Teach Your Kids About Money

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Most parents are great at focusing on life’s necessities – ensuring that their children are well fed and clothed, that they go to school regularly, and that they’re protected against the evils of the world. Unfortunately, many parents neglect an important lesson that can be taught to children right in the home- how to be successful with money.

Even if you have made financial mistakes in the past, with a little creativity and common sense you can share some important principles with your children. The following simple steps will help you to teach them about financial responsibility, and hopefully leave an impression that will ensure their success with money in the future.

Be a good example

The most important guide for your kids is for youto be a good role model. Children live what they learn. It’s almost impossible to teach children that “money doesn’t grow on trees,” when every other evening their parents stop at the ATM to withdraw from an apparently endless source, to purchase unnecessary items.

If parents have a nonchalant attitude toward paying bills on time, or if they are always distressed when talking about money, these negative attitudes will be ingrained into their children’s mind.  So if you have difficulties with your finances, the first step is to seek help from a financial expert who can help you to regain control and to be more successful managing your money.

Teach them how to make money

It’s easier for children to grasp the principles of money when they have some of their own. If possible, give them a small allowance that’s appropriate for their age. You can also help them to become creative in making money. Buy decorative items that they can use to make Mothers Day or Christmas baskets and sell to their friends at school. If they are old enough they can volunteer to baby sit the neighbours’ children for a small fee. While encouraging them to earn, it’s important also to teach them not to expect a monetary reward for every chore done around the home.

Teach them how to save

The first money lesson for children to learn is how to put aside at least 10% of the money they earn or receive as gifts into a savings account. This will introduce the concept of deferring immediate pleasure for long-term gain. For small kids, give them piggy banks where they can deposit loose coins. Make a production of breaking open the bank when it’s full and count the coins to show how small cents can add up to several dollars. For older children, take them to a financial institution and let them open their own accounts. Give them their bank books, so that they can keep track of how their money grows.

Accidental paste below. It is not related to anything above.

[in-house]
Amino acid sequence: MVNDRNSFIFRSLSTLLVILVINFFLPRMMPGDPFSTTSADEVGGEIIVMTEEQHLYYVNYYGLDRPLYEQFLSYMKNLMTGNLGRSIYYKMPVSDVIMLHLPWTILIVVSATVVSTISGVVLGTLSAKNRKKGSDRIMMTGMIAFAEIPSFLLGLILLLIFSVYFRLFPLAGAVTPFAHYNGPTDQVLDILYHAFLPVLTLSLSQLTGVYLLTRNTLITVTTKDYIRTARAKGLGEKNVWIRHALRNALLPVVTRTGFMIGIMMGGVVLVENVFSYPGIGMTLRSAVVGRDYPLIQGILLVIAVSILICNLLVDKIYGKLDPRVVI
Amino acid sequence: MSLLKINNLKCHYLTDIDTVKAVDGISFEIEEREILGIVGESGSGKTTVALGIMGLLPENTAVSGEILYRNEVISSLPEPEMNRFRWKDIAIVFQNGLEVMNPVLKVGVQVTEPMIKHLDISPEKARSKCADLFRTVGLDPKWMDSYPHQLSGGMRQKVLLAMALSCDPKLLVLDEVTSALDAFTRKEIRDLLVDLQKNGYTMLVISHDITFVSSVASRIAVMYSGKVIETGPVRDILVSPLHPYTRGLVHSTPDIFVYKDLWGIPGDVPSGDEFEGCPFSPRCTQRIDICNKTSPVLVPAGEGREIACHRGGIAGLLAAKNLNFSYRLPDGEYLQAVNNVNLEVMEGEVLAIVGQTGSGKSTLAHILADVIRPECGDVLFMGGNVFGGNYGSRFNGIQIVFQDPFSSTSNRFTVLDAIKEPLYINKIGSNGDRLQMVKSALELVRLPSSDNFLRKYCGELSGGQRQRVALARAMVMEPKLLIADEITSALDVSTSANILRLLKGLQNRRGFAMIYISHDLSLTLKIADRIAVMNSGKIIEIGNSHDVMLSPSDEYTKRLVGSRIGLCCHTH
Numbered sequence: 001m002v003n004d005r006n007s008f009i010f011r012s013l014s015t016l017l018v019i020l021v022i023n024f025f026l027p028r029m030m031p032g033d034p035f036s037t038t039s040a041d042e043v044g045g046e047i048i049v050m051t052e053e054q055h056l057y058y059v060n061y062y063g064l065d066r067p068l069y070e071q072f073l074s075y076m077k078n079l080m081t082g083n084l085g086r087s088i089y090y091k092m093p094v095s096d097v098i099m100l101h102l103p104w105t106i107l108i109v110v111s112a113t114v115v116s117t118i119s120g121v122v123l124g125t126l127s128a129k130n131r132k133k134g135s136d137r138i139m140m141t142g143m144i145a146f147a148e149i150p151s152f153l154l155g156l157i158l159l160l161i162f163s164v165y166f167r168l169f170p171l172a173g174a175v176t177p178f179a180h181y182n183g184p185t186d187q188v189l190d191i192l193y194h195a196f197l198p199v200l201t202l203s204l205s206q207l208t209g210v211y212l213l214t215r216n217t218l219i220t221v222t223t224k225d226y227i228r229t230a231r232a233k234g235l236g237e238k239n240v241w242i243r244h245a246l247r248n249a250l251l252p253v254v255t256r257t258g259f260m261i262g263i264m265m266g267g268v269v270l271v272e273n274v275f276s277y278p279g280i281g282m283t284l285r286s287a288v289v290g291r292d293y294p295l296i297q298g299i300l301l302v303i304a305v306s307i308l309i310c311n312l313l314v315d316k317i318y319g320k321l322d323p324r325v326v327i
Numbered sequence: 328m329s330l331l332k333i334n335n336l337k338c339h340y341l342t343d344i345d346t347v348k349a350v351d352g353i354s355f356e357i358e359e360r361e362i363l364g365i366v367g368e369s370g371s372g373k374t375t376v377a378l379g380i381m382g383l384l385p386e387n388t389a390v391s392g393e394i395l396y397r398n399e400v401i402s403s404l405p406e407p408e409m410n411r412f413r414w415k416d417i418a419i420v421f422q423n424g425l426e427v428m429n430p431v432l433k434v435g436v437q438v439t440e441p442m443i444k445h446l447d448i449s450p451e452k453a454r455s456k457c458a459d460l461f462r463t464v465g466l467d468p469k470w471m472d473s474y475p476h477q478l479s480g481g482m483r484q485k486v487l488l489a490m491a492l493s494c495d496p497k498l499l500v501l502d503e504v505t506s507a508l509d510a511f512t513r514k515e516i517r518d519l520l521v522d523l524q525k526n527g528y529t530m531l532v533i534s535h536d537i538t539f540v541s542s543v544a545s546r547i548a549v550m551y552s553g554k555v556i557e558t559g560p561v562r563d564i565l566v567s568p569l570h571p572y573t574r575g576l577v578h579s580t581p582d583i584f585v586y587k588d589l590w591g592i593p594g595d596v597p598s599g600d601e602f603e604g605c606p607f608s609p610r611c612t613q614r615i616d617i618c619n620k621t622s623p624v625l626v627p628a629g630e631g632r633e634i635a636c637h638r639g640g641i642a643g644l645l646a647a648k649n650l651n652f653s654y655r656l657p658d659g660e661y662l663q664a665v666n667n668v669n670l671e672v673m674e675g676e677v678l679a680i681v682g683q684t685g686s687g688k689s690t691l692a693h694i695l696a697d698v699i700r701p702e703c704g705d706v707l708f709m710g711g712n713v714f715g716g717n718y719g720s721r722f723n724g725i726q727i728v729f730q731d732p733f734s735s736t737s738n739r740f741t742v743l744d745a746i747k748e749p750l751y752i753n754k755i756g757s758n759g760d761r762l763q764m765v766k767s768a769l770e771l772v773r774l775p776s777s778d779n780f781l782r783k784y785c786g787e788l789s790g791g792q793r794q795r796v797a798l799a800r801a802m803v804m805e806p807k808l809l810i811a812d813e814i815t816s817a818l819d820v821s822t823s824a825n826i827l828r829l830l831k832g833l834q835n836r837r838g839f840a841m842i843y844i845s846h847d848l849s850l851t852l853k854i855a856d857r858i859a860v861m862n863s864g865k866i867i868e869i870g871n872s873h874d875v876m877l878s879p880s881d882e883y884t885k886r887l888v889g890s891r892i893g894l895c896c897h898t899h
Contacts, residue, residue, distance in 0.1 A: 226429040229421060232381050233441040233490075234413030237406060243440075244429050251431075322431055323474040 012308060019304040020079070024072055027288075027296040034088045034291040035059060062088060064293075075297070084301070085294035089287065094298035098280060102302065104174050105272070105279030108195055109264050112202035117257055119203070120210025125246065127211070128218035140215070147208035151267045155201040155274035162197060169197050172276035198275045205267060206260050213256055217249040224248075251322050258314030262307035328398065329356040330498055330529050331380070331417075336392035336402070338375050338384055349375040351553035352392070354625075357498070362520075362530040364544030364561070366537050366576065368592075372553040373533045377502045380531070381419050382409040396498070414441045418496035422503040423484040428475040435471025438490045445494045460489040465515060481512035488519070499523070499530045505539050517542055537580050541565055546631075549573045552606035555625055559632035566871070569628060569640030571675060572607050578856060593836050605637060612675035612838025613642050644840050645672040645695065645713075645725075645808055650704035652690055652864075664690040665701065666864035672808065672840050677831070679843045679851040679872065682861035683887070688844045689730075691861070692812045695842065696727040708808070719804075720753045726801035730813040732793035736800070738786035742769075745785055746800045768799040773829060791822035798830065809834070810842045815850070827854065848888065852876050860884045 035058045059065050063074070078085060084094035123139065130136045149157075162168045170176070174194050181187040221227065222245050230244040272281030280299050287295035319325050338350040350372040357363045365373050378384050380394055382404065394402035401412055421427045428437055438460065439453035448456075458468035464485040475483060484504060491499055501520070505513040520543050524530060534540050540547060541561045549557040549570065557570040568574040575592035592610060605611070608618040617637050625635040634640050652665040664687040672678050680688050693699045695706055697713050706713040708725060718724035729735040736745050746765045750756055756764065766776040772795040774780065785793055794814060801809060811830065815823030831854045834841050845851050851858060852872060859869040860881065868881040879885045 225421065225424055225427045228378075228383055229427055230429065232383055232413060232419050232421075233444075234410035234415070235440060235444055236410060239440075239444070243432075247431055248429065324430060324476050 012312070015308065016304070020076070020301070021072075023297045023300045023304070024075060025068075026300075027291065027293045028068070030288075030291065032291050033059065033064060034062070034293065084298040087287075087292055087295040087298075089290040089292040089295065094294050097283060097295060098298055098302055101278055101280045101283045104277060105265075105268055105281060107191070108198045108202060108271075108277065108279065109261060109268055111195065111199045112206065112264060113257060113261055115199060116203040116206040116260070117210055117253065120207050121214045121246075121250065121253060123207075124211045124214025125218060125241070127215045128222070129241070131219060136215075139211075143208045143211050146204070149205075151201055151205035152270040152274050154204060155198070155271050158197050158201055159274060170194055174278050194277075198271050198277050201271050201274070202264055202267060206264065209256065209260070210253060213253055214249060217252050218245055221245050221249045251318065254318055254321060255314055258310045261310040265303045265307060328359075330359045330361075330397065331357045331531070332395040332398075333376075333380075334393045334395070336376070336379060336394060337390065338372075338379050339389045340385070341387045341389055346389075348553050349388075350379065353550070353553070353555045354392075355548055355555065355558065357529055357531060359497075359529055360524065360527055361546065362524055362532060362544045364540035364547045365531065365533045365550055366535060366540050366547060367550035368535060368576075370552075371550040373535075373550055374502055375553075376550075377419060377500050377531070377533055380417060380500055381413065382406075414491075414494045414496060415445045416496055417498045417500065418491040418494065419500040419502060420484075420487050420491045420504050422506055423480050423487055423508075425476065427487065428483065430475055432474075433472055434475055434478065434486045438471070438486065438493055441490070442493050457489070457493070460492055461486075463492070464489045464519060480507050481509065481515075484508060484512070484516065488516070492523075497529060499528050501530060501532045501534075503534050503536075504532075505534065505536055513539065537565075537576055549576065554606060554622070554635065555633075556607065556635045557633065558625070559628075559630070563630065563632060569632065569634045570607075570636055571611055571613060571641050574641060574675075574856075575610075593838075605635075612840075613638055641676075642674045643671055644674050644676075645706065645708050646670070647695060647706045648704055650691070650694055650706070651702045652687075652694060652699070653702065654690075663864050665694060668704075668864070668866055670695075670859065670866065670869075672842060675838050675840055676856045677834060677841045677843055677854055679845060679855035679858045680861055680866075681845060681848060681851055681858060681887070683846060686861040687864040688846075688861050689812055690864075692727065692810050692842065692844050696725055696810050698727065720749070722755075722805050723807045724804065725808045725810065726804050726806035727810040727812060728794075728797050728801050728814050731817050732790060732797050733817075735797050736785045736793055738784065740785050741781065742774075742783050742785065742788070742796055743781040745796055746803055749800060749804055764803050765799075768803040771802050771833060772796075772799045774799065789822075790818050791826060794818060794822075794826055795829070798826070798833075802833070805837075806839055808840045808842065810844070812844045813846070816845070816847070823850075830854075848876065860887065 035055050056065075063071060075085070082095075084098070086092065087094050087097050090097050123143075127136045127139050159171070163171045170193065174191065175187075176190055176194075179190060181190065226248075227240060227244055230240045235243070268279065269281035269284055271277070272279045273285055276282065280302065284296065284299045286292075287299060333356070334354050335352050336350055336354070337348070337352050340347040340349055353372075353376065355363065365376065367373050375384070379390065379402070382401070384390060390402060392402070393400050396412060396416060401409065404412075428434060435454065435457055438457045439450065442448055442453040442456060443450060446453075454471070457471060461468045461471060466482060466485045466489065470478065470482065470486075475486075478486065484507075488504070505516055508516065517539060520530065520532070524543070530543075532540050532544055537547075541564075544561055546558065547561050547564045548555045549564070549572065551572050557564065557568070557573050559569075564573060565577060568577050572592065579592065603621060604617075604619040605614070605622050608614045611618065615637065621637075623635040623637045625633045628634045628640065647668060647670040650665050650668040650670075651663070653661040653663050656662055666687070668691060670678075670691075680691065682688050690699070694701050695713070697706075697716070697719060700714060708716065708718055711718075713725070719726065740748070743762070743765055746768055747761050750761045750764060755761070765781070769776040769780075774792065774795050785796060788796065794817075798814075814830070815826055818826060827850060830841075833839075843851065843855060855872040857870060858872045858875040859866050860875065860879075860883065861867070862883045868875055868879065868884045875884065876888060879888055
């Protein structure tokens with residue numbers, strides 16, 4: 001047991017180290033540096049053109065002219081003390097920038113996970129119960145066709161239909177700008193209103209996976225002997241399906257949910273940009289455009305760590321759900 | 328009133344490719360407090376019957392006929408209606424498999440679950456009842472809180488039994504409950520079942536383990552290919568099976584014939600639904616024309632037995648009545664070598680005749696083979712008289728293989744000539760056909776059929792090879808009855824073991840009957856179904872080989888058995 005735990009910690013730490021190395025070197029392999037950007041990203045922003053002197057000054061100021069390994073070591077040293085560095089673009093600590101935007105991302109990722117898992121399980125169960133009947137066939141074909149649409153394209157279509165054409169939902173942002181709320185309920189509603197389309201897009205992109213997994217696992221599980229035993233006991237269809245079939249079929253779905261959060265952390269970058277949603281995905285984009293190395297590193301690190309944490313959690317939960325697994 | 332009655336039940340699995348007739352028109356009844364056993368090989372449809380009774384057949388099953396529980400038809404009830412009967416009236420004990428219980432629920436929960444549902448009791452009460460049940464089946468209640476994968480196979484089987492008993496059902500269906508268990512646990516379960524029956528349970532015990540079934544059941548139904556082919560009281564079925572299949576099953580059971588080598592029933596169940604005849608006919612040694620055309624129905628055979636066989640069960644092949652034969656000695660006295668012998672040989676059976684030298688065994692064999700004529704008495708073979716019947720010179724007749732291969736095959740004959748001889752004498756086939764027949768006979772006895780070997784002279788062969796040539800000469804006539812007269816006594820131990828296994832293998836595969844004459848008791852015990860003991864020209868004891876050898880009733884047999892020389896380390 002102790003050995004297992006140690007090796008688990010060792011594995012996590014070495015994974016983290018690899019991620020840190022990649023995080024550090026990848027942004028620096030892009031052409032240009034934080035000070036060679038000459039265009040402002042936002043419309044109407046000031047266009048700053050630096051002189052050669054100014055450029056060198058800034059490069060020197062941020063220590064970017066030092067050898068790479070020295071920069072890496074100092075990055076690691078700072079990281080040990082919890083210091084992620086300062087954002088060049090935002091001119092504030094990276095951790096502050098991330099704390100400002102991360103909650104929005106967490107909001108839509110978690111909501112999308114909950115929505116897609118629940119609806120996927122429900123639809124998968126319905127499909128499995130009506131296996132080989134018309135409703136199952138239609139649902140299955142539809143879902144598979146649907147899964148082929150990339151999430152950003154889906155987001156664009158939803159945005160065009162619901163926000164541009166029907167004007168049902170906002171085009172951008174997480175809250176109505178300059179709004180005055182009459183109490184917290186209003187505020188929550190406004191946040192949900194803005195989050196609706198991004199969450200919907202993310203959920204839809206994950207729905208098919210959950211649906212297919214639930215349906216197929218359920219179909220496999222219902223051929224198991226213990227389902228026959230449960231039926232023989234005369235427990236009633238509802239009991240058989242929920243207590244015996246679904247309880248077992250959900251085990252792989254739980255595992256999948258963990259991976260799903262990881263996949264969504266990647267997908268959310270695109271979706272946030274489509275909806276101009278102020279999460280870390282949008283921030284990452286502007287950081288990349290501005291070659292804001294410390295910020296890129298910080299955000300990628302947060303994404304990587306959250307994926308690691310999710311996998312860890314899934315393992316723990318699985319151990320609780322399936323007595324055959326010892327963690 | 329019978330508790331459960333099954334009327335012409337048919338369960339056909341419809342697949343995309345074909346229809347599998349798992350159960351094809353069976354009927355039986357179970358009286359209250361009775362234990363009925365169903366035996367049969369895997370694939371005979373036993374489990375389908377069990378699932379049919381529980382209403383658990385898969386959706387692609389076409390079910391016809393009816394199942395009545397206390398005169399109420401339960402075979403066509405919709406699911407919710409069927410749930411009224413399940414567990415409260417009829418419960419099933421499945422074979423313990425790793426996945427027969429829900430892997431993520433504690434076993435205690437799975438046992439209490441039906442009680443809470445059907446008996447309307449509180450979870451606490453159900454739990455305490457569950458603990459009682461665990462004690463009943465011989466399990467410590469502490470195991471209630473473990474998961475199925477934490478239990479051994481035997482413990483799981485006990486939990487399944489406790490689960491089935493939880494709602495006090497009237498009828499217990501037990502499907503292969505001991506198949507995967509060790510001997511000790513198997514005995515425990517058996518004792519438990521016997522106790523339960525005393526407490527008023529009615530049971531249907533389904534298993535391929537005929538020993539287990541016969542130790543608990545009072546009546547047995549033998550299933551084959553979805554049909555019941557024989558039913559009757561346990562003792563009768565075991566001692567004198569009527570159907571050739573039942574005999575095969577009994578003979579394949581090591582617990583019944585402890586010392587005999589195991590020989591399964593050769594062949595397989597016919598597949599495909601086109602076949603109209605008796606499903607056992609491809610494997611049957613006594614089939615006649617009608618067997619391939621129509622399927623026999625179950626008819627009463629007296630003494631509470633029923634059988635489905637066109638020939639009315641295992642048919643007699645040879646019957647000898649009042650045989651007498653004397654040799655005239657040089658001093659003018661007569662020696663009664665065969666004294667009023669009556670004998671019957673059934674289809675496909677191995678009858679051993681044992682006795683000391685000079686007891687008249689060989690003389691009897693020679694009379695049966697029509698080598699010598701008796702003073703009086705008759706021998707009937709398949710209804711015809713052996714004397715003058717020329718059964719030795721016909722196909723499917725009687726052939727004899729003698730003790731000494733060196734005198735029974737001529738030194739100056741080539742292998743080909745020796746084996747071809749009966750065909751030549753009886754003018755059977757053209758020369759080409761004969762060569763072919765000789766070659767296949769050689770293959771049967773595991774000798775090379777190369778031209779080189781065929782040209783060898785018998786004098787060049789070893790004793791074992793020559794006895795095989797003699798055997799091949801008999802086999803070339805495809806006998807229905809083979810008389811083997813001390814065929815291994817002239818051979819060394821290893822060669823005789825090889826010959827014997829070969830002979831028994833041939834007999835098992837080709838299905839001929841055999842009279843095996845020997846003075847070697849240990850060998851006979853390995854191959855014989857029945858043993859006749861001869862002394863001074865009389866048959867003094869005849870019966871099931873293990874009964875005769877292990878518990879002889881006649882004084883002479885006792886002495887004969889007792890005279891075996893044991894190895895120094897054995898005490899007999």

Teach them how to budget

An important part of money management is learning how to make smart spending choices. Draft up a mini-budget for them to see how their money is used every month. If your children want new toys, show them how they can put money aside until they have enough to buy them. They will appreciate their toys even more when they had to save up for them! Give them incentives like matching the amount that they have saved towards the goal. Let them make choices like buying a new game or having money to go on an outing to the beach. This will give them a sense of control over the choices they make with their money.

Teach them how to spend

Take children to the supermarket and let them compare prices and see how they can save money by spending wisely. This is also a great opportunity to include fun lessons in reading, spelling and simple math, while teaching them how to spend money. Let them pay the cashier and get back the change. Teach them to call around to different stores to get the best price for an item that they would like to buy.

Teach them to be content

While it’s important to educate your children about money, it’s also essential to make them understand that true happiness doesn’t come from material things. Teach them be thankful for what they have and to be content with the simple pleasures of life that money cannot buy.

© Cherryl Hanson Simpson

Cherryl is a financial columnist, consultant and coach. See more of her work at www.financiallyfreenetwork.com and www.financiallysmartonline.com. Contact Cherryl.


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